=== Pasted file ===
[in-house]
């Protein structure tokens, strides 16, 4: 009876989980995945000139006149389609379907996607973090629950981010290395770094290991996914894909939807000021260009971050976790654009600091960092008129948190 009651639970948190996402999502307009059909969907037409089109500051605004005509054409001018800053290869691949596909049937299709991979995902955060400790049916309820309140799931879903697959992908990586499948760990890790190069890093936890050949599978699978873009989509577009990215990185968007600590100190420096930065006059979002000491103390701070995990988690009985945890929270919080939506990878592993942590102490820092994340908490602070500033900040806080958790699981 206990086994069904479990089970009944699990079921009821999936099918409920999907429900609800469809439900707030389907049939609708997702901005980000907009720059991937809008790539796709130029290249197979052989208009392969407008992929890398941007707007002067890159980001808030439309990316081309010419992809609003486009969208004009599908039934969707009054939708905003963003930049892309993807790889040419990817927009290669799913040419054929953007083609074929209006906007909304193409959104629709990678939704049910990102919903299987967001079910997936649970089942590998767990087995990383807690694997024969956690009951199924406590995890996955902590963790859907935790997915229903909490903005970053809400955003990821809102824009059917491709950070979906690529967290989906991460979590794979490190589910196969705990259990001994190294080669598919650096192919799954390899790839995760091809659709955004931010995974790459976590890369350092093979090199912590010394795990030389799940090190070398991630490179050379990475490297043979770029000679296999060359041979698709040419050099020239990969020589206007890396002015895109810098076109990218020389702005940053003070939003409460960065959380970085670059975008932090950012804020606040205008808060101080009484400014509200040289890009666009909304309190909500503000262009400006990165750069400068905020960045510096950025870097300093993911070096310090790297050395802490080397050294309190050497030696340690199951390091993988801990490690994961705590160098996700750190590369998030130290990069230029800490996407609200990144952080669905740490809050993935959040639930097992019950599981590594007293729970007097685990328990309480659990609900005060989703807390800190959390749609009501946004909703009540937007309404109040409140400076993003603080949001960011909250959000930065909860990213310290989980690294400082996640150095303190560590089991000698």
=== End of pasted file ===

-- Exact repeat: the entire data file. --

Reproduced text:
[in-house]
């Protein structure tokens, strides 16, 4: 009876989980995945000139006149389609379907996607973090629950981010290395770094290991996914894909939807000021260009971050976790654009600091960092008129948190 009651639970948190996402999502307009059909969907037409089109500051605004005509054409001018800053290869691949596909049937299709991979995902955060400790049916309820309140799931879903697959992908990586499948760990890790190069890093936890050949599978699978873009989509577009990215990185968007600590100190420096930065006059979002000491103390701070995990988690009985945890929270919080939506990878592993942590102490820092994340908490602070500033900040806080958790699981 206990086994069904479990089970009944699990079921009821999936099918409920999907429900609800469809439900707030389907049939609708997702901005980000907009720059991937809008790539796709130029290249197979052989208009392969407008992929890398941007707007002067890159980001808030439309990316081309010419992809609003486009969208004009599908039934969707009054939708905003963003930049892309993807790889040419990817927009290669799913040419054929953007083609074929209006906007909304193409959104629709990678939704049910990102919903299987967001079910997936649970089942590998767990087995990383807690694997024969956690009951199924406590995890996955902590963790859907935790997915229903909490903005970053809400955003990821809102824009059917491709950070979906690529967290989906991460979590794979490190589910196969705990259990001994190294080669598919650096192919799954390899790839995760091809659709955004931010995974790459976590890369350092093979090199912590010394795990030389799940090190070398991630490179050379990475490297043979770029000679296999060359041979698709040419050099020239990969020589206007890396002015895109810098076109990218020389702005940053003070939003409460960065959380970085670059975008932090950012804020606040205008808060101080009484400014509200040289890009666009909304309190909500503000262009400006990165750069400068905020960045510096950025870097300093993911070096310090790297050395802490080397050294309190050497030696340690199951390091993988801990490690994961705590160098996700750190590369998030130290990069230029800490996407609200990144952080669905740490809050993935959040639930097992019950599981590594007293729970007097685990328990309480659990609900005060989703807390800190959390749609009501946004909703009540937007309404109040409140400076993003603080949001960011909250959000930065909860990213310290989980690294400082996640150095303190560590089991000698």